771. It is strange, and well to be noted, how long carcasses have continued uncorrupt, and in their former dimensions, as appeareth in the mummies of -Egypt; having lasted, as is conceived, some of them, three thousand years. It is true, they find means to draw forth the brains, and to take forth the entrails, which are the parts aptest to corrupt. But that is nothing to the wonder: for we see what a soft and corruptible substance the flesh of all the other parts of the body is. But it should seem, that, according to our observation and axiom in our hundredth experiment, putrefaction, which we conceive to be so natural a period of bodies, is but an accident; and that matter maketh not that haste to corruption that is conceived. And therefore bodies 'n shining amber, in quicksilver, in balms, whereof »e now speak, in wax, in honey, in gums, and, it taay be, in conservatories of snow, &c. are preserved very long. It need not go for repetition, if we resume again that which we said in the aforesaid ex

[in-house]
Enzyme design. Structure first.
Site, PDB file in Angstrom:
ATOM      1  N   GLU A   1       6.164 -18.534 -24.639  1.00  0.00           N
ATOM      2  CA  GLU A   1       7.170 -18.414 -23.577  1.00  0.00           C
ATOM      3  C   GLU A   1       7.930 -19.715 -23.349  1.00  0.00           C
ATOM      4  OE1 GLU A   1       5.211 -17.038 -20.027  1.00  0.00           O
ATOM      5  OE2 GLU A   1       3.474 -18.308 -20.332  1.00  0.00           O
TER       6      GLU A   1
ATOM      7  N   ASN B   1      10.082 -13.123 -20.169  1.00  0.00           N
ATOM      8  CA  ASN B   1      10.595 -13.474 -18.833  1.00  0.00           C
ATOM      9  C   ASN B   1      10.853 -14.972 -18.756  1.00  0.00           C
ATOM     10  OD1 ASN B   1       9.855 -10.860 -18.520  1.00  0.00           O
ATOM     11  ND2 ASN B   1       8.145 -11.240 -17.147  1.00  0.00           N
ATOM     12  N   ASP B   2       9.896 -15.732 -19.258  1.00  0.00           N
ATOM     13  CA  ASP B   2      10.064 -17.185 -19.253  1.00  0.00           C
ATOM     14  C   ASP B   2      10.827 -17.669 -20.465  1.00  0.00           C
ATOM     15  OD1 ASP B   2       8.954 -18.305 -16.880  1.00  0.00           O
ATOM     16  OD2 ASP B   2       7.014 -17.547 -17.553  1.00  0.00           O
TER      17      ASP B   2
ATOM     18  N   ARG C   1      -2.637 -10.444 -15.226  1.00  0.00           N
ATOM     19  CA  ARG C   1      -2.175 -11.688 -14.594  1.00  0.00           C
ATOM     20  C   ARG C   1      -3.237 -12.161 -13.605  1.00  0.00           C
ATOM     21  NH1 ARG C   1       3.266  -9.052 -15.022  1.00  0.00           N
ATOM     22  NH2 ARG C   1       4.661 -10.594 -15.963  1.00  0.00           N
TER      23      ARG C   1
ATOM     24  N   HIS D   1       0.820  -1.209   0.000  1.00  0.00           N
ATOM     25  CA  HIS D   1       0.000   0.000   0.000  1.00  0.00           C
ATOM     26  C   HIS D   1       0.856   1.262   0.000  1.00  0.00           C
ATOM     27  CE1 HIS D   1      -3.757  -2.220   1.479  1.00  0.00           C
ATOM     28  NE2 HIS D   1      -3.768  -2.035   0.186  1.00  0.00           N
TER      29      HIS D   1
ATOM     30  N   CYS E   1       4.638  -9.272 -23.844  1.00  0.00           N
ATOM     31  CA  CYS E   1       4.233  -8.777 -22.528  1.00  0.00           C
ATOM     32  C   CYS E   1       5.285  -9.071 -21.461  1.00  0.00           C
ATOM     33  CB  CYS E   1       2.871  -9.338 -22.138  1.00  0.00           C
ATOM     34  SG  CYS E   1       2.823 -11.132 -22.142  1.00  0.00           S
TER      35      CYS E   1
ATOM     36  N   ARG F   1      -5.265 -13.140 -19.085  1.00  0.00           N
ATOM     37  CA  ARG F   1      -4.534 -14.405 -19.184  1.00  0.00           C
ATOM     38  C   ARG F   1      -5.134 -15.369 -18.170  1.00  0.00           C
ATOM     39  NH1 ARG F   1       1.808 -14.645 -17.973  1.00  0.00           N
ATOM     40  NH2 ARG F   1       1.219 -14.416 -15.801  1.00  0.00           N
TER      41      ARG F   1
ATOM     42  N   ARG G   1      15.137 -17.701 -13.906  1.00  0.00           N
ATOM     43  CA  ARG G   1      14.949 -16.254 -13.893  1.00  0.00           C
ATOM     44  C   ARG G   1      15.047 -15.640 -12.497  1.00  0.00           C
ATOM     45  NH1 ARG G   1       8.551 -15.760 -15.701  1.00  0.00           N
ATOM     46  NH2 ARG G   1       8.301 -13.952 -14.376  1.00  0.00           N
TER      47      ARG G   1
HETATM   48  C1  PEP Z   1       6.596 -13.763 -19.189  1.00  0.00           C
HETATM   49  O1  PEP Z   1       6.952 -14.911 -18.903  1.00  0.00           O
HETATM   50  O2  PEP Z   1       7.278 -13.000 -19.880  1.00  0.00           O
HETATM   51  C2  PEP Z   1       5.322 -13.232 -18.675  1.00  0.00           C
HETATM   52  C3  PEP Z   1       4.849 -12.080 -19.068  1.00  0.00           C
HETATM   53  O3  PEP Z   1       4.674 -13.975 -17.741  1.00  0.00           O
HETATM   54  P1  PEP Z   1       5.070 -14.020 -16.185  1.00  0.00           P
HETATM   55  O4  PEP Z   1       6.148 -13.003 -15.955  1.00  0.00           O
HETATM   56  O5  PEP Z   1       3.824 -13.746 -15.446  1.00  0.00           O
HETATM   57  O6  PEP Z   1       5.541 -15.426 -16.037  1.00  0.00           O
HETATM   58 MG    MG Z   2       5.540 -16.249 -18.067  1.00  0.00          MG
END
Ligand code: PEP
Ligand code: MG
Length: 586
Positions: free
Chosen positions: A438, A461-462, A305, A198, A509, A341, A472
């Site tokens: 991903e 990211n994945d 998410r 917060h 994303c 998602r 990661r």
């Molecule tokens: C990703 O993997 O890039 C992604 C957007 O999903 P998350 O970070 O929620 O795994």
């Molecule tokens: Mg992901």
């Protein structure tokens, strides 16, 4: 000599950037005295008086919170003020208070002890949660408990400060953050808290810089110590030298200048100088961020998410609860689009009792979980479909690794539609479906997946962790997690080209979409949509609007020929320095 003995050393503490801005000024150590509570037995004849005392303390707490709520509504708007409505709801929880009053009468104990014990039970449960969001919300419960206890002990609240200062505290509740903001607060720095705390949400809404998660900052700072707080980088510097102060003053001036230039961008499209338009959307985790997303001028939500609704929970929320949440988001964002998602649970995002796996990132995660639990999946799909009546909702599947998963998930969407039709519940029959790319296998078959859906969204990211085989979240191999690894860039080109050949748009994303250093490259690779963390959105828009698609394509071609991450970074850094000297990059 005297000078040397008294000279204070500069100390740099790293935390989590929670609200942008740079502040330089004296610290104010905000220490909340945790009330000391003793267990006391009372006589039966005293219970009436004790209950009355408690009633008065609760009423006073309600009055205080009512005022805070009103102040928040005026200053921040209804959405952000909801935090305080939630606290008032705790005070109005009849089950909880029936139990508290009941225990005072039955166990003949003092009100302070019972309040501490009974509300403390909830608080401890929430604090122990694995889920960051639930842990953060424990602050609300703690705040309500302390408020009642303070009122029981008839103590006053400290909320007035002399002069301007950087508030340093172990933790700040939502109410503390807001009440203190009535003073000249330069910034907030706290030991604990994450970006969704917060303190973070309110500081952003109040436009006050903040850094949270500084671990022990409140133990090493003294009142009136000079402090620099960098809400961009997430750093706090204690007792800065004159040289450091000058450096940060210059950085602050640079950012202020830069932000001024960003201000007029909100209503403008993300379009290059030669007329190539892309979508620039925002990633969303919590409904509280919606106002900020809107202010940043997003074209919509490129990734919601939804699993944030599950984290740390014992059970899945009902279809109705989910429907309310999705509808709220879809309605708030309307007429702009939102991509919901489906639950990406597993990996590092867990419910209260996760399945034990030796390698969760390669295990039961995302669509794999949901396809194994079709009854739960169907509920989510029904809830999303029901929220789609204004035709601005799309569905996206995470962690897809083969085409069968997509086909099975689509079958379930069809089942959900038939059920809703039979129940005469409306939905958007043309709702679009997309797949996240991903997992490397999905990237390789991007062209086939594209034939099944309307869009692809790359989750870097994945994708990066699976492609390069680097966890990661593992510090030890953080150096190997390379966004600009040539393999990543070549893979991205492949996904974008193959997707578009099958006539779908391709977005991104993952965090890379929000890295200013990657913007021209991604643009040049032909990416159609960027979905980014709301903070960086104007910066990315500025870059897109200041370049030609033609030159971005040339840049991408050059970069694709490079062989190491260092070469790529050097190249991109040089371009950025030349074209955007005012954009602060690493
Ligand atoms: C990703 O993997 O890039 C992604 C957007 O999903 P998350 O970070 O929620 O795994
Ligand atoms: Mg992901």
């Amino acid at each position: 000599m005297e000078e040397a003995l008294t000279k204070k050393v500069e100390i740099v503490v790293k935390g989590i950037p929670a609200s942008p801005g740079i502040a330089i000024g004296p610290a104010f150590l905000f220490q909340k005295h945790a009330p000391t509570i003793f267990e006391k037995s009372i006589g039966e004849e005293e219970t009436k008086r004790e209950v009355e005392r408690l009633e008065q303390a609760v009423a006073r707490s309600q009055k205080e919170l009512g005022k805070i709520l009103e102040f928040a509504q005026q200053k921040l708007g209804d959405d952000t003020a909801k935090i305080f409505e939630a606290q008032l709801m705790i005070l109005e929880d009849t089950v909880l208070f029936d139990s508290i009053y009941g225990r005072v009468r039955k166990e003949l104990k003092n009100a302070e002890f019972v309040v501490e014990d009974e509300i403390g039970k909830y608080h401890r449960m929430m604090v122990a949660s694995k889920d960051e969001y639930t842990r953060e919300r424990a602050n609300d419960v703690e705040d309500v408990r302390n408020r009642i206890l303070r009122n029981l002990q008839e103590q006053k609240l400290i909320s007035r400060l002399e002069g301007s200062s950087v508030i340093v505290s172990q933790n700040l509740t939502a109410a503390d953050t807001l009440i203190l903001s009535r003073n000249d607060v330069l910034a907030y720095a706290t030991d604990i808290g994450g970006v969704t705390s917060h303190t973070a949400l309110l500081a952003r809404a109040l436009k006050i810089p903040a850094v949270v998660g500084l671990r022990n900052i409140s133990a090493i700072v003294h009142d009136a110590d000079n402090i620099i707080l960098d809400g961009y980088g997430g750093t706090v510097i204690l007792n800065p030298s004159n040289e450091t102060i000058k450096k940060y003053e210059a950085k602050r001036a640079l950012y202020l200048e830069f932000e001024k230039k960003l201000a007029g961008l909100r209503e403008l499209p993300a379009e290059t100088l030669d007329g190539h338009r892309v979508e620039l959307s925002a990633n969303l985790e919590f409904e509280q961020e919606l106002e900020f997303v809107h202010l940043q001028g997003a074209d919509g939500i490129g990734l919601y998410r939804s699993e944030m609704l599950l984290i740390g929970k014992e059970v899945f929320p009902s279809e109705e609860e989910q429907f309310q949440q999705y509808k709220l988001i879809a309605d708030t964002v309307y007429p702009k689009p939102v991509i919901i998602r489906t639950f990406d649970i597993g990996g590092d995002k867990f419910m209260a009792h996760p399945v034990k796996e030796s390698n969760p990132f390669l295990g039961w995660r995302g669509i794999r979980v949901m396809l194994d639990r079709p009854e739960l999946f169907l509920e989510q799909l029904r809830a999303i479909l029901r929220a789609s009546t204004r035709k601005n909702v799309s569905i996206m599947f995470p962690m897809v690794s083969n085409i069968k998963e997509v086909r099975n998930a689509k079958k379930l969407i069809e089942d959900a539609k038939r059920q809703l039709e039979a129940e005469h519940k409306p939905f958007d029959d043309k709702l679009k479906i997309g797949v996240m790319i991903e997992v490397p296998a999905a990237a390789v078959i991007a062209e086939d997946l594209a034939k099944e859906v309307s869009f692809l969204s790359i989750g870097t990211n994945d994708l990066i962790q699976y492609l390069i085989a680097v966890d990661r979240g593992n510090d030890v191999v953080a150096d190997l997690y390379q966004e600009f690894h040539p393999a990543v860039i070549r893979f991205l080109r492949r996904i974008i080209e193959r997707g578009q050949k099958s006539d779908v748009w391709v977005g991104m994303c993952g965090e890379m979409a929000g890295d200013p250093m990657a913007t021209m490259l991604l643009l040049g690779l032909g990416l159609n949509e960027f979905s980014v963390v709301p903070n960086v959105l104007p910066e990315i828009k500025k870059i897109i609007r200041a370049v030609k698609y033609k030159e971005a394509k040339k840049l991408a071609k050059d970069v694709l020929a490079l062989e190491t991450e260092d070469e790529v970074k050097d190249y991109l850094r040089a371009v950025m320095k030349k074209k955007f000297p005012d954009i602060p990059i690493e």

periment concerning annihilation; namely, that if you provide against three causes of putrefaction, bodies will not corrupt: the first is, that the air be excluded, for that undermineth the body, and conspireth with the spirit of the body to dissolve it. The second is, that the body adjacent and ambient be not commaterial, but merely heterogeneal towards the body that is to be preserved; for if nothing can be received by the one, nothing can issue from the other; such are quicksilver and white amber, to herbs, and flies, and such bodies. The third is, that the body to be preserved be not of that gross that it may corrupt within itself, although no part of it issue into the body adjacent: and therefore it must be rather thin and small, than of bulk. There is a fourth remedy also, which is, that if the body to be preserved be of bulk, as a corpse is, then the body that encloseth it must have a virtue to draw forth, and dry the moisture of the inward body; for else the putrefaction will play within, though nothing issue forth. I remember Livy doth relnte, that there were found at a time two coffins of lead in a tomb; whereof the one contained the body of king Numa, it being some four hundred years after his death: and the other, his books of sacred rites and ceremonies, and the discipline of the pontiffs; and that in the coffin that had the body, there was nothing at all to be seen, but a little light cinders about the sides; but in the coffin that had the books, they were found as fresh as if they had been but newly written, being written on parchment, and covered over with watch-candles of wax three or four fold. By this it seemeth that the Romans in Numa's time were not so good embalmers as the Egyptians were; which was the cause that the body was utterly consumed. But I find in Plutarch, and others, that when Augustus Ca?sar visited the sepulchre of Alexander the Great in Alexandria, he found the body to keep its dimension; but withal, that notwithstanding all the embalming, which no doubt was of the best, the body was so tender, as Cresar, touching but the nose of it, defaced it. Which maketh me find it very strange, that the Egyptian mummies should be reported to be as hard as stonepitch; for I find no difference but one, which indeed may be very material; namely, that the ancient ^Egyptian mummies were shrowded in a number of folds of linen, besmeared with gums, in manner of sear-cloth, which it doth not appear was practised upon the body of Alexander.